I admire the UAE because its leadership saw the writing on the wall and diversified their economy. The other countries such as Bahrain, Saudi Arabia, Oman and Qatar are also moving in the right direction. Their approach is one of efficiency and openness and they believe in investing in their own country first but in Kuwait it is the opposite.

Q: What are the factors fuelling the Islamic currents in the country?

A: I have no issues whatsoever with the Islamists as long as they tackle corruption, implement reforms and fight injustice in our society.

However, if they start playing political games and turning a blind eye to burning issues, then I don’t regard them as Islamists. This is because a true Muslim will speak out against corruption and treat everyone equally.

Q: Are you satisfied with the way the Islamist MPs are going about their jobs?
A: I think some of them are doing their jobs by taking up issues such as corruption and healthcare issues but sadly they are a minority.

Q: Who is responsible for this? Is it not the electorate?

A: That’s right.

Q: Can you elaborate on the monopoly aspect?

A: The board members of co-ops don’t have the experience in dealing with food companies. They don’t effectively negotiate with the vendors, many board members do not have any wholesale or retail expertise at all, the co-op board seat is just another ladder in the political platform. Monitoring and price checks are rarely implemented by them or the state.

The food market in Kuwait should be liberalized and I would like to see more foreign and local supermarket chains in Kuwait. I’d rather prefer to have a Sultan Center, a Carrefour, a Safeway in my neighborhood than a co-op. The co-ops have failed in their mission to offer goods at fair or subsidized prices. If you go to some private supermarkets you will find that the goods at the private supermarkets are sometimes cheaper than the co-ops. There is a complete lack of regulation by the government not just on food prices but also expiry dates and content.

In general, I am against co-ops because they are a thing of the past.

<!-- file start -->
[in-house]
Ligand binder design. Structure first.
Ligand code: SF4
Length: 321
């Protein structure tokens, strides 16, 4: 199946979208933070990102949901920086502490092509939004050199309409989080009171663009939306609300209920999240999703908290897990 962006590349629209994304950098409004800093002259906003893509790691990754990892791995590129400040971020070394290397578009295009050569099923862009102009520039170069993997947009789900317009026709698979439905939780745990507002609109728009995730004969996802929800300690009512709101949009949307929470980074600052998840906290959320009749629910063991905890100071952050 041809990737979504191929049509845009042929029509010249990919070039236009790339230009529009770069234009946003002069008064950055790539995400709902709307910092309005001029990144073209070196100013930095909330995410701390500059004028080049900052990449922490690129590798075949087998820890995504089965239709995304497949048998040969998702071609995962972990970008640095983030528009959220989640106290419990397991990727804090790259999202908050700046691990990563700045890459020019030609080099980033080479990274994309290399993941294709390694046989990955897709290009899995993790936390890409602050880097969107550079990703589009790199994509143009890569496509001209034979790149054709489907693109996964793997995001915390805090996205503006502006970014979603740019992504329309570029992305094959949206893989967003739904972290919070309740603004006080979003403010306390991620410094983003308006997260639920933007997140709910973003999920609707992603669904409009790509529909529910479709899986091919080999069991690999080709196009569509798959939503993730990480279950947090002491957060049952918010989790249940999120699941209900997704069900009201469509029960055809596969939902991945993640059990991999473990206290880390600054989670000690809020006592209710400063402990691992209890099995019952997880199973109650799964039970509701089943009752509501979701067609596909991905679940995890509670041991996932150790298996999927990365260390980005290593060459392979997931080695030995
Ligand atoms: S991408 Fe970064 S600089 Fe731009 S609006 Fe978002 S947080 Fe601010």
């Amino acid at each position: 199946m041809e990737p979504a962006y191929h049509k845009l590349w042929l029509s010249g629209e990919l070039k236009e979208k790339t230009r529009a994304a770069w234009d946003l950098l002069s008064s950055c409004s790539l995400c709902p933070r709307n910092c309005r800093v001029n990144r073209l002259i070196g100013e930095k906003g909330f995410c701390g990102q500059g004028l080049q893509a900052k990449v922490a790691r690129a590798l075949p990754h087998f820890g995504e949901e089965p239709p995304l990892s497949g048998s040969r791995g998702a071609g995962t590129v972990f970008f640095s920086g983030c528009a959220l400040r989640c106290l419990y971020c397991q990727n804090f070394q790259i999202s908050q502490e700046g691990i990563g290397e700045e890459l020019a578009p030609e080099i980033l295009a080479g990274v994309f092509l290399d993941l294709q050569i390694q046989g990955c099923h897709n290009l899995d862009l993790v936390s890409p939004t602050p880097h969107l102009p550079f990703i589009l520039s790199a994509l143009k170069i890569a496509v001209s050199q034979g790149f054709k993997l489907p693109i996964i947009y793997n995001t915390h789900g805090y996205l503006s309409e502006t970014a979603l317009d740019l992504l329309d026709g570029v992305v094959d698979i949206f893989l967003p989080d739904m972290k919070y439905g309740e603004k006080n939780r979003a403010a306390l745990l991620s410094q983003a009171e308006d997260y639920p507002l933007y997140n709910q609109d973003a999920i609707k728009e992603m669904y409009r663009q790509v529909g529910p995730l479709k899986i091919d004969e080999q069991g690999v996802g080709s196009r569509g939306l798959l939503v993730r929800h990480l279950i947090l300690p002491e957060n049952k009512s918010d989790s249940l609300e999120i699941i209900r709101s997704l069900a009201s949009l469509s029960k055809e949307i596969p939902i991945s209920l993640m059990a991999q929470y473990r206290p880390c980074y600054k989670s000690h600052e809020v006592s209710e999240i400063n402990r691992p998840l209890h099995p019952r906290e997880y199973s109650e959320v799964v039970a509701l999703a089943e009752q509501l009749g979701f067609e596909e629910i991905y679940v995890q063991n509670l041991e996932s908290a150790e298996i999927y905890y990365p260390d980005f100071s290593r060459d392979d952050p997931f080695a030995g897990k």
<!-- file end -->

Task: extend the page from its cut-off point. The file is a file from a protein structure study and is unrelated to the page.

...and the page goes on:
Q: The Gulf is no longer considered an oasis with the rise in the standard of living while salaries have been stagnant for a long time…. Many are unable to afford the rising cost of living. What are your views on this issue?

A: That’s true. As a private sector manager, I have trouble recruiting skilled people from overseas because of the high cost of living in Kuwait; it is not feasible for skilled workers to take up jobs in the Gulf, especially when the standard of living in their respective countries has improved. The package here might not be worth the move for them.

Nevertheless, I am positive about the future of the Gulf; there is a lot of development going on in the region. Saudi Arabia has shown determination to improve the living standards in the country and I hope Kuwait will join the bandwagon. I have always believed that in order for Kuwait to survive the dangerous geopolitical environment, it must liberalize and open up to foreign investors. The more foreign multinational companies can invest in Kuwait, the more of a stake they will have in our country’s security and stability. And that can serve as a geopolitical buffer as well. Time is running out, Kuwaitis want tangible results and not just empty rhetoric. True nationalists are individuals who pursues the betterment of their country and don’t back off when the chips are down. Right now the chips are down and we need people to help jump-start the country from its careless slumber.